Happy Christmas

Normally, I steer clear of religion altogether, because it’s such a touchy subject for so many people. I’m of the opinion that religion is a very personal matter, and whatever you believe, it’s between you and your God(s) of choice, and far be it for any person to tell you otherwise. Historically, too much blood has been shed over religion and in the name of religion, and the one factor that remains the same is that everyone continues believing and interpreting their faith as they see fit.

Whatever your faith beliefs may be, all I can do is speak about how religion affects me. The sanest approach I’ve found is to recognize that while it is a part of my life, that may not be the case for most of the planet. Kind of like reading, I assume that most people learn how to read and have preferences with regards to it, but if you happen to be a fan of sci-fi horror murder mysteries, that’s awesome up until the point you start ranting and saying my choice in literature is terrible and I should only read sci-fi horror murder mysteries. The problem in that scenario is one of a lack of respect, and society functions smoothly (and probably would function a lot smoother, but that’s another point of conjecture) when people treat each other with a bare minimum of respect. Well, I like to think it’s respect, but it may just be that for the majority of people, it’s apathy, because most people likely don’t care about the lives of the people they pass by in social interactions daily.

A Nativity scene, found here.

Earlier this week, as I was crossing the street, a stranger wished me “Happy Christmas” and I wished them a Merry Christmas, too. While it felt nice that someone I didn’t know would be so swept up with holiday cheer that they would want to share it with me, there’s no way he could have known how I feel about Christmas. What if I was Jewish? What if I was atheist? I could have been anything, and I could have been a grinch and said “Hey guy, I don’t celebrate Christmas!” and started some street fight over it. I could have, but I didn’t because like I mentioned, society functions best when we’re all making the minute effort to play nice and get along with each other.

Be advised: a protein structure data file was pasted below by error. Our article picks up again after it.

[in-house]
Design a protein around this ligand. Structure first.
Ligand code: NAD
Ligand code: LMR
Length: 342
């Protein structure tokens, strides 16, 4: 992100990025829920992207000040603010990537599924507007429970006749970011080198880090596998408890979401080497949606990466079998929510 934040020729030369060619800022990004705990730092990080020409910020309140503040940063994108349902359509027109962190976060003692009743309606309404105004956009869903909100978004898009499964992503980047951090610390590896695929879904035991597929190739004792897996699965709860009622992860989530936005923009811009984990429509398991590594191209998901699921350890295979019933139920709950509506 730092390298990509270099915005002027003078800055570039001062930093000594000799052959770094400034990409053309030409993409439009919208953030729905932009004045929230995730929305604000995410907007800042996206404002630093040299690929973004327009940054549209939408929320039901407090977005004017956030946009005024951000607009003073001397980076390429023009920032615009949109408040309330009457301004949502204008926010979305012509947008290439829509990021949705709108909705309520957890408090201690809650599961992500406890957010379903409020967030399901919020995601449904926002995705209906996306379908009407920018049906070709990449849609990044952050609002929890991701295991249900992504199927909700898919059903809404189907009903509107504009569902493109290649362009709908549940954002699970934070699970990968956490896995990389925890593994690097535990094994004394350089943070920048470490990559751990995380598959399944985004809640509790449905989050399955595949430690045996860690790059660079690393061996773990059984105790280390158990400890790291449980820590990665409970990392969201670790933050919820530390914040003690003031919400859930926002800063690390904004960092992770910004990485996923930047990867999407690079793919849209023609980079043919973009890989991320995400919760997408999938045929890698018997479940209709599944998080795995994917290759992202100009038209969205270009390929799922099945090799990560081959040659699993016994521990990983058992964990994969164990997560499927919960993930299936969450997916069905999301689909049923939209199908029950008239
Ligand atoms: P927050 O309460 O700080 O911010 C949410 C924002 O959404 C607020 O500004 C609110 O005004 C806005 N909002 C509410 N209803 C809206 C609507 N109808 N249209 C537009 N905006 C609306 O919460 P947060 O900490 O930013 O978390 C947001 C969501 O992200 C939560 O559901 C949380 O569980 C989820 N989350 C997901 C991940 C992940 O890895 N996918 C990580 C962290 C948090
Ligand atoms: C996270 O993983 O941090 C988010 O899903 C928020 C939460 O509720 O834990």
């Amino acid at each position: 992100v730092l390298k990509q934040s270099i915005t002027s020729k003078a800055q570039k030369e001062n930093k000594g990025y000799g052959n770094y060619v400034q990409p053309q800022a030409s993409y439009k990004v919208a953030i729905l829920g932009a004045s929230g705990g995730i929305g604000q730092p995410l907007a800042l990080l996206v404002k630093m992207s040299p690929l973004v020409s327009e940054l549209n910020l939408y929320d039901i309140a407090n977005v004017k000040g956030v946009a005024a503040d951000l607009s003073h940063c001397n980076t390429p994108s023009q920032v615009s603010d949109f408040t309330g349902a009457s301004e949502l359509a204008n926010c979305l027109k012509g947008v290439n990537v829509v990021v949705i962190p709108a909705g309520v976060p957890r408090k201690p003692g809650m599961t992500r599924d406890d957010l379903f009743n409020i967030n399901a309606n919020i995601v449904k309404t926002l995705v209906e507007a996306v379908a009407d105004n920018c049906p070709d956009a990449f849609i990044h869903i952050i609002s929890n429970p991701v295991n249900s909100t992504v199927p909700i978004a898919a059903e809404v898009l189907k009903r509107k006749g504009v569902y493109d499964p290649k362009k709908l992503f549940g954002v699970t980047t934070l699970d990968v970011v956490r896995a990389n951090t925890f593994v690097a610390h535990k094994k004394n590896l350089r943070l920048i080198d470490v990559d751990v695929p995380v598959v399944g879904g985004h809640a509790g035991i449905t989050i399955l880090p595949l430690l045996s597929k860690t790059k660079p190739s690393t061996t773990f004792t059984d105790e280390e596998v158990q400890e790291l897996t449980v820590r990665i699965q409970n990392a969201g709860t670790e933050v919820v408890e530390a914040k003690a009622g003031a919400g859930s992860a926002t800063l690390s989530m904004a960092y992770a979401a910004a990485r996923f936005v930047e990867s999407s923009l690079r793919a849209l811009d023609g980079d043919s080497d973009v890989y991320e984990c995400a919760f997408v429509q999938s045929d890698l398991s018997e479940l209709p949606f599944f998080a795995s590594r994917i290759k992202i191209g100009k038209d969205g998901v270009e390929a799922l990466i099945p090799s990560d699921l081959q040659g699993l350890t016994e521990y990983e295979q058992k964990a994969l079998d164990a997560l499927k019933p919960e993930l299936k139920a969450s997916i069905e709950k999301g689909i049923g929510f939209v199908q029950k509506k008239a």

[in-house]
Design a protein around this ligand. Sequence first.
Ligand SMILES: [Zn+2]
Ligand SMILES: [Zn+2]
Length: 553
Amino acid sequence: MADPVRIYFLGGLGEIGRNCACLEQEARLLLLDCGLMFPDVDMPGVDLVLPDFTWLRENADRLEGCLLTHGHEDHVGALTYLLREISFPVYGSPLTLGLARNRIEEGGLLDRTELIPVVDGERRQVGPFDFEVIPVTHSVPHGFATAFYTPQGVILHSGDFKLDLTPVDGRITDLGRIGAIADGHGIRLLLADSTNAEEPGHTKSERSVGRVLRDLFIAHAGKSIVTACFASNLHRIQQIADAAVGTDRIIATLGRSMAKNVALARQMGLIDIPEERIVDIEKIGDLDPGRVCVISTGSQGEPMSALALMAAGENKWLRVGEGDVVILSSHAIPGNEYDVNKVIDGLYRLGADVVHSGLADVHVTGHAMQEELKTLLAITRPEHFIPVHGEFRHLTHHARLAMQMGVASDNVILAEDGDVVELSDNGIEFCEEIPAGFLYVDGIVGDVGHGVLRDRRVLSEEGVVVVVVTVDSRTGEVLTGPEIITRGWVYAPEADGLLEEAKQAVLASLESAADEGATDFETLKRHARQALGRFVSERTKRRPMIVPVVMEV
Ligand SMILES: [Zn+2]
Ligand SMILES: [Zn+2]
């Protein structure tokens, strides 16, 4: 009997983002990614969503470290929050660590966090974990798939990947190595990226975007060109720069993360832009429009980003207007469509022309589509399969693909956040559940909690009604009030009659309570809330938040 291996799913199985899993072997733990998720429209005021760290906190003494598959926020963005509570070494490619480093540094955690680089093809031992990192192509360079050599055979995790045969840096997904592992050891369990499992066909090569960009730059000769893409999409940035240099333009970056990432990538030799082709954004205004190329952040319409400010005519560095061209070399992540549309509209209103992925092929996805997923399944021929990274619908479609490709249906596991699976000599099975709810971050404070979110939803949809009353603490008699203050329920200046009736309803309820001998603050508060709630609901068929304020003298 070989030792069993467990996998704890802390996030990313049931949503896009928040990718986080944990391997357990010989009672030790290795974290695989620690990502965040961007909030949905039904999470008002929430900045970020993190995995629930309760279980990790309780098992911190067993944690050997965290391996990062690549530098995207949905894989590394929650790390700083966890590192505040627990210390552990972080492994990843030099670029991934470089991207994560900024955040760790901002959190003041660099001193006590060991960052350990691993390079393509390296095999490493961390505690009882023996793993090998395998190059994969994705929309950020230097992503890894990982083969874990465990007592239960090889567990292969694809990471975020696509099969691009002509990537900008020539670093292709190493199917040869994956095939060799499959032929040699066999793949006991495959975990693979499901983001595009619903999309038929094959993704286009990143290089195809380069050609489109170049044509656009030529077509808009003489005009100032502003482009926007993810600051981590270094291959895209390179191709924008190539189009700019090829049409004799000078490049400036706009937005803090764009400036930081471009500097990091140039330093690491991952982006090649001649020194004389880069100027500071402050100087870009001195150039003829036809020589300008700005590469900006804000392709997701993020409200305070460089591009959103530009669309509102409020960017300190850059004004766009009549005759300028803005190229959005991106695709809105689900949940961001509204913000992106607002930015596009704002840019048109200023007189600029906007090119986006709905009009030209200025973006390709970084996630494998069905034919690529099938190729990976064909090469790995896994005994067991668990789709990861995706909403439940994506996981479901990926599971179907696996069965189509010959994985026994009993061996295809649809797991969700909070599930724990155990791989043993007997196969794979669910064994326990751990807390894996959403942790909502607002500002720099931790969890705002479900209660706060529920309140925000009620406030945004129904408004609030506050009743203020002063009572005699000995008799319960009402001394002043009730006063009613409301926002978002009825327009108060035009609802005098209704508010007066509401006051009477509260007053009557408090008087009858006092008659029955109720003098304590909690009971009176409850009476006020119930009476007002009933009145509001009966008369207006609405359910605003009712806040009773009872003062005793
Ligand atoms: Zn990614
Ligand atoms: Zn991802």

The Virgen. Photo found here.
So when people complain about the holiday season and it’s commercialism and how they feel like it’s thrust upon them, I get it. It’s taking something that ought to be a personal matter and flinging it in public display, and the religious aspect is forgotten and that bothers me, since the whole point of the holiday as a Catholic* is the birth of Jesus. Well, that plus the whole apparition of La Virgin de Guadalupe, which is something I feel like I have to accept as a part of me because regardless of where I go and what I do in the world, I am culturally Mexican-American**. Regardless, despite of all of the religious festivities that go on around this time of year, and much as I like them and seeing the houses decorated and everything else that this season entails it feels like Cinco de Mayo.

Yes, Cinco de Mayo is a real holiday, but it’s not Mexican Independence Day as anyone who knows anything about it will tell you. It bothers me because it’s become a commercialized holiday and excuse for people to drink, kind of like St. Patrick’s Day, too. I’m sure I sound like a ton of fun, raining on everyone’s parade, but knowledge and information are important to me. In my perfect world, people would celebrate holidays because they knew the meaning and history behind them, because the history behind them is beautiful and does merit celebrating. Just not drunken mindless celebrating.

*Note: I consider myself a practicing Catholic. 
**Note: I consider myself culturally Mexican-American. 
At some point, I will have to devote separate posts to what it means to be a member of both of the aforementioned groups.

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